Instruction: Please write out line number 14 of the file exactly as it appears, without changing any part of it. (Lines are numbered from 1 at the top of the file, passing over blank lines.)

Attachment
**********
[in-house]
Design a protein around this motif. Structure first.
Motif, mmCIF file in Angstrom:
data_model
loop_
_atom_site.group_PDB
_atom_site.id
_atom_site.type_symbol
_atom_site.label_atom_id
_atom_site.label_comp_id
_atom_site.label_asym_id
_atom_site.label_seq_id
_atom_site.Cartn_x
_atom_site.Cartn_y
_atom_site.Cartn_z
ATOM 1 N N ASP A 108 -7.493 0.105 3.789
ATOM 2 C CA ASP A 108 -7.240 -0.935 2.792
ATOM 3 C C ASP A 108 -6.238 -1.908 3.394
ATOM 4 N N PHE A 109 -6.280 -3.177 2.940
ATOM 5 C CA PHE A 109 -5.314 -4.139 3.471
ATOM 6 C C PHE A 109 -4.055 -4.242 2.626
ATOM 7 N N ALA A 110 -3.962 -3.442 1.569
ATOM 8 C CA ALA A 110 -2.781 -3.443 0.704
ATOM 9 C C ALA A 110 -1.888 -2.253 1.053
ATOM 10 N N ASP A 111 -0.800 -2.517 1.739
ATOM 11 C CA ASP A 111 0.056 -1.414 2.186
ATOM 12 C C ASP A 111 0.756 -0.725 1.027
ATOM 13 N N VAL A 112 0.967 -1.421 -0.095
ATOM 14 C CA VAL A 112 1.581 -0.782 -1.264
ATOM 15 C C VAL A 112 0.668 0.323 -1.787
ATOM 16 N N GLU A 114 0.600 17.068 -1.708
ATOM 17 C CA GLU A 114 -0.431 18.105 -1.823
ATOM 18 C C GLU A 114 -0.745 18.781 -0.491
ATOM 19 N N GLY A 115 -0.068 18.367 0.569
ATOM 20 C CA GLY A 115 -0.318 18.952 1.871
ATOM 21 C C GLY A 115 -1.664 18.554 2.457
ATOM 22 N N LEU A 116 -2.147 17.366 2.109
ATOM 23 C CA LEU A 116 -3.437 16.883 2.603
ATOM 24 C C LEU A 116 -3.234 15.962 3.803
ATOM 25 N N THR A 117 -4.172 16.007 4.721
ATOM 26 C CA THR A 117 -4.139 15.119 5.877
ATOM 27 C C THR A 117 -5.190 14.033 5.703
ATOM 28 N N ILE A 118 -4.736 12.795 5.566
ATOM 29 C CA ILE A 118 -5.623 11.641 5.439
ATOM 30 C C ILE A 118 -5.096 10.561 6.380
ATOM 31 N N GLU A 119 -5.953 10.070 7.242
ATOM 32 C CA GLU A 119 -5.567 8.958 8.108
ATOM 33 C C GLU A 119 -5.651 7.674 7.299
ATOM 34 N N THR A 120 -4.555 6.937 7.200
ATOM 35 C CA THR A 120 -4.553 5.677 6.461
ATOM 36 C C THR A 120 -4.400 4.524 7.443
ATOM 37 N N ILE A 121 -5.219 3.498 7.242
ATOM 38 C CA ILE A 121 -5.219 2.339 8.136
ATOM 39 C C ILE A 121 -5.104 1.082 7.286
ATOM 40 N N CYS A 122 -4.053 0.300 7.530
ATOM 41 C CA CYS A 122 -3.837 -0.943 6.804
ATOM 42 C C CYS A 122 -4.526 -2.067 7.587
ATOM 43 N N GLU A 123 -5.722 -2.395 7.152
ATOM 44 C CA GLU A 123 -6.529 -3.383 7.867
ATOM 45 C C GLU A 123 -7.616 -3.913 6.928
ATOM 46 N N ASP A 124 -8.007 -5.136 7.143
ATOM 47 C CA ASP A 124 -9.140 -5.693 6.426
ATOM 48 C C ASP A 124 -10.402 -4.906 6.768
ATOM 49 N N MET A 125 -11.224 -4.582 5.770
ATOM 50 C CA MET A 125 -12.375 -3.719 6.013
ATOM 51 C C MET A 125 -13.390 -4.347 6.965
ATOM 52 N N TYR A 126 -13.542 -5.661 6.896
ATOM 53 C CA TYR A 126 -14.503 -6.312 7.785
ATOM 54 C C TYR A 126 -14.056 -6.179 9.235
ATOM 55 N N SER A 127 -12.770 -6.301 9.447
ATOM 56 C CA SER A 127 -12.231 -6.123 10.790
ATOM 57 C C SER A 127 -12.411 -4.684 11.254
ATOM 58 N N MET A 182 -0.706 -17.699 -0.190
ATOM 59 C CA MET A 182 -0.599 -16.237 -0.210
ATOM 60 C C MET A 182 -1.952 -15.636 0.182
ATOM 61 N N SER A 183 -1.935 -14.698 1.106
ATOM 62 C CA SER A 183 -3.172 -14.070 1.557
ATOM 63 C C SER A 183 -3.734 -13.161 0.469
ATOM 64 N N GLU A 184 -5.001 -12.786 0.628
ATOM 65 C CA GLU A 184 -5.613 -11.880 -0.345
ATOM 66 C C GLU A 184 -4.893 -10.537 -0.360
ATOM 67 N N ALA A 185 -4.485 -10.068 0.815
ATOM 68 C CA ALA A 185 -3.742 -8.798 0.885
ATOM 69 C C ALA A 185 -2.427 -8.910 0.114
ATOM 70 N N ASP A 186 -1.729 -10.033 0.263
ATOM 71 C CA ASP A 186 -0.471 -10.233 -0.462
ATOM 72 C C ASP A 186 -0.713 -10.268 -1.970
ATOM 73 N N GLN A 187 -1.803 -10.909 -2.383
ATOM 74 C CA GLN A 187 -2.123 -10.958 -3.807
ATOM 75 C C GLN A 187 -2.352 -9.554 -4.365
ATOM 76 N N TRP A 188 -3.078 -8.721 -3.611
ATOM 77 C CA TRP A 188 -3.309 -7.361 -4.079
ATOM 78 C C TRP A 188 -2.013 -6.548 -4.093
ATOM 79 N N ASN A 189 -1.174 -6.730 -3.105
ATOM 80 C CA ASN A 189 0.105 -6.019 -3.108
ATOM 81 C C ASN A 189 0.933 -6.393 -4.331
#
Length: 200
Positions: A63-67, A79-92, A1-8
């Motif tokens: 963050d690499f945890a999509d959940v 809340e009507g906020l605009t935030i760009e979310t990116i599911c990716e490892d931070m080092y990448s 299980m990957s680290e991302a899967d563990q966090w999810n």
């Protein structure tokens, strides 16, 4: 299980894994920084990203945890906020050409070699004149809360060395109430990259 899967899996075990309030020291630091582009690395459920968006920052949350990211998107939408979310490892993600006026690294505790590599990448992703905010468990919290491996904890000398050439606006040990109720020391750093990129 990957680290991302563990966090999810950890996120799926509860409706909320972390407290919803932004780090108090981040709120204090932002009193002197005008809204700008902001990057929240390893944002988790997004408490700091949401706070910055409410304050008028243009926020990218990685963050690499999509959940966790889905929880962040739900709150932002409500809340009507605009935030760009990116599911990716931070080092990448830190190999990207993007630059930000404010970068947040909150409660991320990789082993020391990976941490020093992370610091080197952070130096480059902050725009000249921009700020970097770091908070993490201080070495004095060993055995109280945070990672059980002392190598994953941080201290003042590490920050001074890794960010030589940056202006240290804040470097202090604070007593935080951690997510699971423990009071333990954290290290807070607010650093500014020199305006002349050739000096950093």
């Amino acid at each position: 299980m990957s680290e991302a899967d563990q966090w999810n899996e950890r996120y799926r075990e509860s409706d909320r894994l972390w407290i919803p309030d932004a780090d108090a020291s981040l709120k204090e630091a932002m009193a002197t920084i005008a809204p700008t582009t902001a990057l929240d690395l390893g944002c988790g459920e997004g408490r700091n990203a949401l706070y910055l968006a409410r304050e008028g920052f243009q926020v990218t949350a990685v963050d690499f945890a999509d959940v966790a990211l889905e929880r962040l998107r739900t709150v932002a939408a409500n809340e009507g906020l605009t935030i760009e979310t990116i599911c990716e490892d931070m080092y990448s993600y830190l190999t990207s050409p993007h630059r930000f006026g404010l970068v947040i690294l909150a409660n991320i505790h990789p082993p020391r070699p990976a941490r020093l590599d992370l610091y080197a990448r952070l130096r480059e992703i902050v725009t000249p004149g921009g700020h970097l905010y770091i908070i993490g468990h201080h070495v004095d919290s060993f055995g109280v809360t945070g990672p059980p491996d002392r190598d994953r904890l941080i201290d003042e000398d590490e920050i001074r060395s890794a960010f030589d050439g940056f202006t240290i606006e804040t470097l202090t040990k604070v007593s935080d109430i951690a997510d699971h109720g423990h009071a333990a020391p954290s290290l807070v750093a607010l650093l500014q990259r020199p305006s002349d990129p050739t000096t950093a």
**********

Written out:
_atom_site.Cartn_y